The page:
b) Make up dialogues of your own using word combinations from the texts.
IX. Ask your partner
1. About the dinner he usually has (time, place, dishes). 2. If he takes any starter and what he likes for it. 3. What kind of soup he likes best of all. 4. What his favourite meat dishes are. 5. What kinds of fish he knows. 6. If- he likes stewed carrots. 7. What other stewed vegetables or fruit he eats. 8. What he wants for dessert. 9. How many lumps of sugar he takes with his tea. 10. If he prefers strong or weak tea. 11. What he usually does if he spills some liquid on the table-cloth. 12. If he can cook any dishes. 13. About the way he cooks meat (fry, roast, stew). 14. If he sometimes eats out. 15. If he prefers eating out.
X. Compose dialogues between a Russian and an Esglish student discussing a) English and Russian meals; b) their favourite dishes; c) where each of them has his meals.
XI. a) Study the text:
Bread -and-Butter Pudding Beat up two eggs and add to them one pint of milk and a little flavouring. Butter the pie-dish and cut three slices of bread-and-butter in fingers, removing the crusts. Put a layer of bread in the dish, sprinkle with sugar and a few cleaned currants or raisins, add more bread, fruit and sugar and then pour over the milk and the eggs. Leave to soak for one hour, then bake in a slow oven about an hour. Sprinkle with sugar before serving.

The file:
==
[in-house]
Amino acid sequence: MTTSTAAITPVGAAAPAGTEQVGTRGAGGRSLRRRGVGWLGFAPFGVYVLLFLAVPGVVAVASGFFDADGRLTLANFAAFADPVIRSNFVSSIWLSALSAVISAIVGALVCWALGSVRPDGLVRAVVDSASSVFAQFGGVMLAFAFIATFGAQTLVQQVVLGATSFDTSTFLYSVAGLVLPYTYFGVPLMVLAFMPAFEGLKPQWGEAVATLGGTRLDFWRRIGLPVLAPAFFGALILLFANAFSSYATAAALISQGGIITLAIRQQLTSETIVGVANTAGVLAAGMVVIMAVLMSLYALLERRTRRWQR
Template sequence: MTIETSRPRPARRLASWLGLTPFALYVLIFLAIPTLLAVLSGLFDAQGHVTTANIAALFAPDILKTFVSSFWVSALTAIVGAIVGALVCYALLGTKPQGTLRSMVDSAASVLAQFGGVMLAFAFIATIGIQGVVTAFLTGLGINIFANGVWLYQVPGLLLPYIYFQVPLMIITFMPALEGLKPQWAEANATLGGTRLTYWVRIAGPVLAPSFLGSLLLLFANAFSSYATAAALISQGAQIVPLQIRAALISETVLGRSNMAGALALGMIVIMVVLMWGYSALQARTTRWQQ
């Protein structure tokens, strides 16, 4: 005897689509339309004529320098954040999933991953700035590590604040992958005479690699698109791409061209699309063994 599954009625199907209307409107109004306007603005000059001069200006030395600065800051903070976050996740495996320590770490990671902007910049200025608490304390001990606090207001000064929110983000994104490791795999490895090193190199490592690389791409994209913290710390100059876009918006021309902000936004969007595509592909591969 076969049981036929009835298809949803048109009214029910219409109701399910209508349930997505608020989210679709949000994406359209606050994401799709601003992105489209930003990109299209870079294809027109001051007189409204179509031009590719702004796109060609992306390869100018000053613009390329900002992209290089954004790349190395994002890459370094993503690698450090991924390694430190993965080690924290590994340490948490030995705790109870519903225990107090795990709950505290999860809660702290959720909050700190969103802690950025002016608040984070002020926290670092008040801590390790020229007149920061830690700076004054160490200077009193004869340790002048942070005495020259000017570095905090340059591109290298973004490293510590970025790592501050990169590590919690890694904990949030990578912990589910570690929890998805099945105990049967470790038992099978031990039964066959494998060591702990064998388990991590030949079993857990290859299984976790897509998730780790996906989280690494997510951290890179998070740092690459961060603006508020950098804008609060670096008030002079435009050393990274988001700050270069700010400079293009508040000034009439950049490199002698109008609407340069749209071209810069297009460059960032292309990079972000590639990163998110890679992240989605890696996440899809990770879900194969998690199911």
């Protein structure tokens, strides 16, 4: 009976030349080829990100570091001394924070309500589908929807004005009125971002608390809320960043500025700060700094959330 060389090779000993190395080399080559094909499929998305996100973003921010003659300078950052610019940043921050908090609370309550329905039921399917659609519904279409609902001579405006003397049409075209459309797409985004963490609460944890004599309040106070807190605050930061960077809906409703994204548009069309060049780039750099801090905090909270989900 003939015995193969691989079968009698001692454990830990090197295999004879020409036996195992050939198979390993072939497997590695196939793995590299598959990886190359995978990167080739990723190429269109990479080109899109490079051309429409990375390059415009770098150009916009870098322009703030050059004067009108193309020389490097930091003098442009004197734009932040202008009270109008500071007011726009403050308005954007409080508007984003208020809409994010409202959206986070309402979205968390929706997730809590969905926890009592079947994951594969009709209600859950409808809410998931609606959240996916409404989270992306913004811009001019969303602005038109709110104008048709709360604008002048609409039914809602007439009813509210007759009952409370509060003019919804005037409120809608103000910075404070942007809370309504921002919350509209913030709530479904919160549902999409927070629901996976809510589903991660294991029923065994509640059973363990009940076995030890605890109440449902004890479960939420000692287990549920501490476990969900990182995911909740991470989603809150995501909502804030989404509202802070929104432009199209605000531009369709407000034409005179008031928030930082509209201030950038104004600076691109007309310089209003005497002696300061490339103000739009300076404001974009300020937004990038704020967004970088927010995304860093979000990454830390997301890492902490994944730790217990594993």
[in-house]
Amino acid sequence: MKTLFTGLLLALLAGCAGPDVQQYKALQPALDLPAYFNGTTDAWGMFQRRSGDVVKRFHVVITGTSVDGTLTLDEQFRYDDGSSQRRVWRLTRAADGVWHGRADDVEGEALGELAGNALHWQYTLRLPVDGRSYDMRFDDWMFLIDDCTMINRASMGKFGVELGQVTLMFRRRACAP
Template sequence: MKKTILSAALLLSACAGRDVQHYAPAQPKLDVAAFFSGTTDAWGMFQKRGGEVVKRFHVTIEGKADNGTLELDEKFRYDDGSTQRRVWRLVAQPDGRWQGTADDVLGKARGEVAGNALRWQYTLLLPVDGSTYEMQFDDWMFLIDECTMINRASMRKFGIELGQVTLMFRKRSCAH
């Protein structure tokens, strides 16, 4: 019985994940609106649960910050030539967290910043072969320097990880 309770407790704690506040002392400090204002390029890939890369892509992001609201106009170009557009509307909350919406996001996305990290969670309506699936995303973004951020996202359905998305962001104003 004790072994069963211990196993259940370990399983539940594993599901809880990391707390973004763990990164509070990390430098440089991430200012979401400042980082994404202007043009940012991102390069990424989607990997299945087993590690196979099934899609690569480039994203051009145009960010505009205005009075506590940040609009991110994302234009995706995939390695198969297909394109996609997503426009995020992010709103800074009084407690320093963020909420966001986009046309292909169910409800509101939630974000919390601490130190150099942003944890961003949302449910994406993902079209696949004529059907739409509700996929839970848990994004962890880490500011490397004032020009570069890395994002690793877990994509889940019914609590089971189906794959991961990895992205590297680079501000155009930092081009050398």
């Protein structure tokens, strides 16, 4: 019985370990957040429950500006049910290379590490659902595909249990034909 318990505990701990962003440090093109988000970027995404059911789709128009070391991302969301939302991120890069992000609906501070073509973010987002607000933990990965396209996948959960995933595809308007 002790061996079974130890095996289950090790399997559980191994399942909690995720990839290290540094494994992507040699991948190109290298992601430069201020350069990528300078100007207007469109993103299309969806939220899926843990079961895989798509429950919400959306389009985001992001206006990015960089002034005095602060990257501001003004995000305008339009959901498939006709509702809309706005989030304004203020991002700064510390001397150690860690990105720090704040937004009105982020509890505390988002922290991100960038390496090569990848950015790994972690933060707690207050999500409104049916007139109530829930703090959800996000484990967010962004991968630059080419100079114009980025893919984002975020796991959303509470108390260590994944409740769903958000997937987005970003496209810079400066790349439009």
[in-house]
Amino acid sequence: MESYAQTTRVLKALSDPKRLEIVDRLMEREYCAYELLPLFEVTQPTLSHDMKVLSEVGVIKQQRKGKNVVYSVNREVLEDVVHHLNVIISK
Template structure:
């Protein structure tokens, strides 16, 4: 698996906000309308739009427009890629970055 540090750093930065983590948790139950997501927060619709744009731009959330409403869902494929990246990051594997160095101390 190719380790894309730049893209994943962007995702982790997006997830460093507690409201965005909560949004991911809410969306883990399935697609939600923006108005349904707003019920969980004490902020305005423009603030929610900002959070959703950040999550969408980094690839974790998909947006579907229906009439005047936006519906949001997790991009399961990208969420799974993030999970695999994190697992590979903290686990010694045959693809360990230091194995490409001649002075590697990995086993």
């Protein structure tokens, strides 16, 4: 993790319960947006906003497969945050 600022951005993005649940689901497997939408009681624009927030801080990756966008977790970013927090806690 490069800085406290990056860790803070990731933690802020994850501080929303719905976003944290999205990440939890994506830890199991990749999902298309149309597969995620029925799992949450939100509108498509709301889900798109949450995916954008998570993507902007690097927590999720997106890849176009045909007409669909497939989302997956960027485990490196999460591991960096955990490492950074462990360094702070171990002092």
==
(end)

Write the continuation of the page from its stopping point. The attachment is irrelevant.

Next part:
b) Describe the way you cook your favourite dish. You may need some verbs besides those in the text, such as mince, mix, grate, grind, chop, sift, roll, bake.
XII. Try your band at teaching:
A. Preparation. Find 3 proverbs dealing with the topic. Translate them and give their Russian equivalents.
B. Work in Class. Get a member of the class to write one of them on the blackboard. Make another student translate it and give its Russian equivalent. Tell the class to think of a short situation illustrating the proverb. Correct the mistakes. (Look up the words you may need to do the exercise in class in "Classroom English", Section VIII.)